A personal story illustrates very clearly why the attraction of a single-payer health care care system is irresistible. When our first child was born my wife and I decided that we would both share the child-care responsibilities. Since I had been freelancing for nearly a decade, it was easy for me to arrange my schedule and still hold up my end of the bargain.
For Maureen the decision was far more complex. She was entitled to child-care leave, but with the associated loss of income and benefits we would have to arrange our life in ways that reflected our new circumstances.
It turned out to be easier than we had anticipated.
Spurred on by the external motivation of having our income halved and the arrival of our second child, my career flourished. And fueled by the internet revolution the ranks of independent contractors and consultants swelled, leading also to an expansion of services and benefit plans aimed at freelancers.
In the area of health care we were faced with a choice. We could cover our family's medical risks with a comprehensive COBRA plan priced at $650 per month or we could design our own plan from the menu of offerings available through the major insurance providers.
We chose the latter option at a price of $196 per month.
Here are the details.
Under the COBRA plan all of our medical expenses would be covered, minus deductibles and co-pays.
Under our plan each family member was subject to a $2,000 deductible with a family deductible of $4,000. After we reached those thresholds all of our medical expenses would be covered.
So let's make a quick cocktail napkin analysis.
Under our plan, the most we could be on the hook for in a worst-case scenario was the $2,352 premium payment plus the $4,000 out of pocket deductible for a grand total of $6,352. In reality, we wrote a check whenever Matt saw the pediatrician and our expenses for that first year topped out at less than $2,800.
Compare this to the best-case scenario under the COBRA. Let's say that none of us got sick or had to go to the doctor. Our premium payments alone would have amounted to $7,800. Add to this the deductibles and co-pays involved had we incurred the hypothetical $4,000 in medical expenses and the total would have topped $9,000.
Our choice was easy and many other New York freelancers made similar choices.
But here in the Empire State CHOICE is a four-letter word, except in a very narrow context. Empire Blue Cross/Blue Shield along with the civil service unions and public policy advocates went in front of our state legislature and LIED, LIED, LIED!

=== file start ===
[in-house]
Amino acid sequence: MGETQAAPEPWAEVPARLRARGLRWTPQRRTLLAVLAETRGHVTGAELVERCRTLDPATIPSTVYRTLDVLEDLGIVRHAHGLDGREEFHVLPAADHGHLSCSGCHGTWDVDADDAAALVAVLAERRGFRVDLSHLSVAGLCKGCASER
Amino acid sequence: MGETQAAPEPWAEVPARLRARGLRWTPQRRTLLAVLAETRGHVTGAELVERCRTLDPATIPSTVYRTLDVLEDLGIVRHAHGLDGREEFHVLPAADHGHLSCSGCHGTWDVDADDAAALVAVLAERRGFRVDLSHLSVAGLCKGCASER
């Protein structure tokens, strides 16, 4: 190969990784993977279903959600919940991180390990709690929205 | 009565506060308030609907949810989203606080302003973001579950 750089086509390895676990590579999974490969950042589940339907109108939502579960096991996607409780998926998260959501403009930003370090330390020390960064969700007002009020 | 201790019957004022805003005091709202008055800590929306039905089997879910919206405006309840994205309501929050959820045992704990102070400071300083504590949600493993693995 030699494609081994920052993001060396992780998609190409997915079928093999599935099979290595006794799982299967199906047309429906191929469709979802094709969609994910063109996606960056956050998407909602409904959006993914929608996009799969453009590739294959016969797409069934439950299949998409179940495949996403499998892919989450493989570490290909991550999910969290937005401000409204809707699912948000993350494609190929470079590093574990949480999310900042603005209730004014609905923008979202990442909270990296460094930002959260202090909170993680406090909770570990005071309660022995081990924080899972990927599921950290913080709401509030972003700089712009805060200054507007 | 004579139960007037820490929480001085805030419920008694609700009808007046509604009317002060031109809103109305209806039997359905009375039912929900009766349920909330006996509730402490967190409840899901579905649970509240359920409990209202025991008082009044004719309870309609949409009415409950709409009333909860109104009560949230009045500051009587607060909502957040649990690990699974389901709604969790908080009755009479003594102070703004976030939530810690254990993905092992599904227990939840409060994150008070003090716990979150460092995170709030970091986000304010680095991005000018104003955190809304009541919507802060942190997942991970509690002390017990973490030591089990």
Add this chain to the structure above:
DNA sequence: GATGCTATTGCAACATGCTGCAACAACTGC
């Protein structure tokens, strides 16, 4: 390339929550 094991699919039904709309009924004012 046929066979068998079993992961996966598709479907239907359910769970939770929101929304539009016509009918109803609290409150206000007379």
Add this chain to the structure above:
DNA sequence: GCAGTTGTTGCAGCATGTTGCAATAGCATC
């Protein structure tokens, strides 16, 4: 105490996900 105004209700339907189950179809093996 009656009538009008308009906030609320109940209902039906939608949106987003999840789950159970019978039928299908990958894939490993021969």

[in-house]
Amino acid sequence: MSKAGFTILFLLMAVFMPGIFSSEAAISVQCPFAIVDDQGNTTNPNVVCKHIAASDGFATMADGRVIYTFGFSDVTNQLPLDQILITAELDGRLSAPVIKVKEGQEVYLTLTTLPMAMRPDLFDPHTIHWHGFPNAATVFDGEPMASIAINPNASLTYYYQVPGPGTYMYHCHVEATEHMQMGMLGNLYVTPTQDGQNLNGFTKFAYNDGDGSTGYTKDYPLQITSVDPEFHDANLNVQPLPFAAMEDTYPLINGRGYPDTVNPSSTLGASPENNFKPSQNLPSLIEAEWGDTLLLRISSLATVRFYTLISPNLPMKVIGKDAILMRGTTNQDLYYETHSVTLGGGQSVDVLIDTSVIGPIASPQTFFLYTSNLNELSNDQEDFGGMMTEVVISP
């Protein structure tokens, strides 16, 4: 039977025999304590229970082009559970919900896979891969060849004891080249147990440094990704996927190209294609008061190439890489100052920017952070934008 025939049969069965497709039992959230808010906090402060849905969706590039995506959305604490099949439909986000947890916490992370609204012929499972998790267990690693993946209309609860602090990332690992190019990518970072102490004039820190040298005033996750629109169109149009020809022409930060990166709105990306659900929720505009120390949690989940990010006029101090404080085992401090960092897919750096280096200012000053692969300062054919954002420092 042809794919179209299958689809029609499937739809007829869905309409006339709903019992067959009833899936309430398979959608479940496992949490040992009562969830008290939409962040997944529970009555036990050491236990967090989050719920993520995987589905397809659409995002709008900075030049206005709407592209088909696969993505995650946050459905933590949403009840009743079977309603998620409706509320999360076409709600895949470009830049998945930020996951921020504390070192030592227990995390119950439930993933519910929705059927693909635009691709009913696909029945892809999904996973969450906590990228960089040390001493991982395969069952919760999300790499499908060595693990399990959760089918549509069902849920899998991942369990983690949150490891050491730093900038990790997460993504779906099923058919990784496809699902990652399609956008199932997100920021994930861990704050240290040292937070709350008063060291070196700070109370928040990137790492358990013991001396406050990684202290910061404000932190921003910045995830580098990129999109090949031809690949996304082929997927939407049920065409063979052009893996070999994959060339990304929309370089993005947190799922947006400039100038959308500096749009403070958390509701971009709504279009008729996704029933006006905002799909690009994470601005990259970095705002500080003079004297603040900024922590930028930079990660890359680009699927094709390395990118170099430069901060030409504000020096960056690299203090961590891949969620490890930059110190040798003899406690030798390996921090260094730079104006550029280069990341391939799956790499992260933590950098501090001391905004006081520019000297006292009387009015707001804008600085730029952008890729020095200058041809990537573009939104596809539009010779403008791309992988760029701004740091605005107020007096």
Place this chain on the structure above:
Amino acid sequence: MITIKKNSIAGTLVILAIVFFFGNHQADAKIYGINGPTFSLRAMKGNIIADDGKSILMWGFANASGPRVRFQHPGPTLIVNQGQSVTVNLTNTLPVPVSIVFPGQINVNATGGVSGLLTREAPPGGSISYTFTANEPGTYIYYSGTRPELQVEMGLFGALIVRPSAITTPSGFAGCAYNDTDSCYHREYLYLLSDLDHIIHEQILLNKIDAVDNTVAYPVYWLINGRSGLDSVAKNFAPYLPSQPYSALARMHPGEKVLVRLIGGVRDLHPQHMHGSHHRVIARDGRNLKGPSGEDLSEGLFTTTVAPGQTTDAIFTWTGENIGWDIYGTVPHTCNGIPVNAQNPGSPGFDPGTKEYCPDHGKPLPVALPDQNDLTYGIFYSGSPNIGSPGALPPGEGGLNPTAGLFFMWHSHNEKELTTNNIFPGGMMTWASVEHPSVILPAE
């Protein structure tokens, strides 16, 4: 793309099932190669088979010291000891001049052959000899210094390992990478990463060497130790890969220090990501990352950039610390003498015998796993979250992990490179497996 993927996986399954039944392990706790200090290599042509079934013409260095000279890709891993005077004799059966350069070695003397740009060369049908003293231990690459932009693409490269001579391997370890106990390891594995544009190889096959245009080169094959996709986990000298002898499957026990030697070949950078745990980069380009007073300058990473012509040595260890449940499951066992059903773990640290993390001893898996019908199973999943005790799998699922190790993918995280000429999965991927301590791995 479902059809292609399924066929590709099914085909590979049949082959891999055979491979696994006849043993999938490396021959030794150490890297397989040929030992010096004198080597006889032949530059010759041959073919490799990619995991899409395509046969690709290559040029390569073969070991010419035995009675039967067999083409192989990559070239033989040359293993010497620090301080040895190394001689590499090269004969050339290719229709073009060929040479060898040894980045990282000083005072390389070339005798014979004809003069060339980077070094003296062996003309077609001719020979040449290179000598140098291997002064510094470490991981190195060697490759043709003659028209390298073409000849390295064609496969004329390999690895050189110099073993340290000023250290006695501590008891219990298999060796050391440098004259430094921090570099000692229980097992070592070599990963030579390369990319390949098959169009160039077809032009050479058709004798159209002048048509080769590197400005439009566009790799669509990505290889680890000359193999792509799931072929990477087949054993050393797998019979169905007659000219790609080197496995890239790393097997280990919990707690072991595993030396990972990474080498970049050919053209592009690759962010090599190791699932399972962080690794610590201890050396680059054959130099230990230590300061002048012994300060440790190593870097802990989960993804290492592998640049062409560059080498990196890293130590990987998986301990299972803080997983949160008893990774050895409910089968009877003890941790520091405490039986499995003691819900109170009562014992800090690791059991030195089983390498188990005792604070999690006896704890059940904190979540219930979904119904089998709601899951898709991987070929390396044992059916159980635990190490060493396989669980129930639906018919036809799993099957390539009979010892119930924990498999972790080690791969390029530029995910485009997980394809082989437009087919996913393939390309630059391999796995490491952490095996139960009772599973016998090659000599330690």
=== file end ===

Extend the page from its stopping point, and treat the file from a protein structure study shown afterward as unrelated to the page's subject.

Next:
Challenged by an aggressive new group of competitors and facing massive market-share erosion most businesses would seek ways to upgrade their offering, improve their service and reduce their costs.
But no. Empire Blue Cross and other non-profit insurers went crying to the government.
They misrepresented their finances with bogus financial documents.
Civil service unions predicted that New Yorkers would die in emergency rooms if non-profits were forced to compete with the more flexible benefit plans.
Public policy experts described holders of high-deductible plans, like ours, as the growing number of under-insured, forced into inferior plans by dire circumstances or duped by unscrupulous insurance salesmen.
Once again the experts contended that Americans were simply too stupid to make their own decisions.
If given a state-sanctioned monopoly, the non-profits promised to provide better coverage at lower premiums.
So, with no other choice, we were forced into a comprehensive benefits plan. The premium by this time ballooned to more than $700 per month and by the time Maureen went back to work four years later we were paying $980 each month for comprehensive benefits we didn't want and didn't need. So much for promises.
When it became clear that the New York State legislature had formulated their new regulations based on lies, deceit and corruption, I asked our State Senator if there was any possibility that the state would revisit the issue.
"No chance," came his reply.
Graft has momentum and the fruits of graft are so great that individual liberty stands little chance against a stampeding herd of parasites. But there's another dynamic in play. One that's far more insidious: Willful ignorance and the voluntary surrender to constant, relentless propaganda. When describing our chosen medical plan to friends and relatives, they were horrified.
"You mean... you have to pay to go to the doctor?"
"Well, yes, but we only pay $196 per month and if anyone gets seriously ill we don't have to worry about being bankrupted by medical bills."
"Yeah, but, you have to pay to go to the doctor!"
And that's the attraction of a single-payer health care system: Nobody has to pay to go to the doctor.
You can do the math. Run the numbers. Explain the pros and cons, but it's useless because for the vast majority of today's citizens the Canadian model is perfect.
Put simply, in Canada nobody has to go through the humiliation of paying for a doctor's visit, but seriously ill Canadians wait eight months or more for cancer surgery.
So when Hillary Clinton, Howard Dean, Barack Obama or the simpleton who chooses to pay for Starbuck's coffee while waiting for someone else to pick up the tab for health insurance speaks of universal coverage ask this question:
Coverage for what?
The truth is that when health-care bureaucrats and public policy experts refer to cost containment what they really they mean is rationing of the most expensive medical treatments and procedures.
Just as in Canada, the bureaucrats will be happy to provide low-cost services for people who aren't sick, then ration acute care so that by the time the patient's treatment is approved, they're already dead.
That's what I call compassion.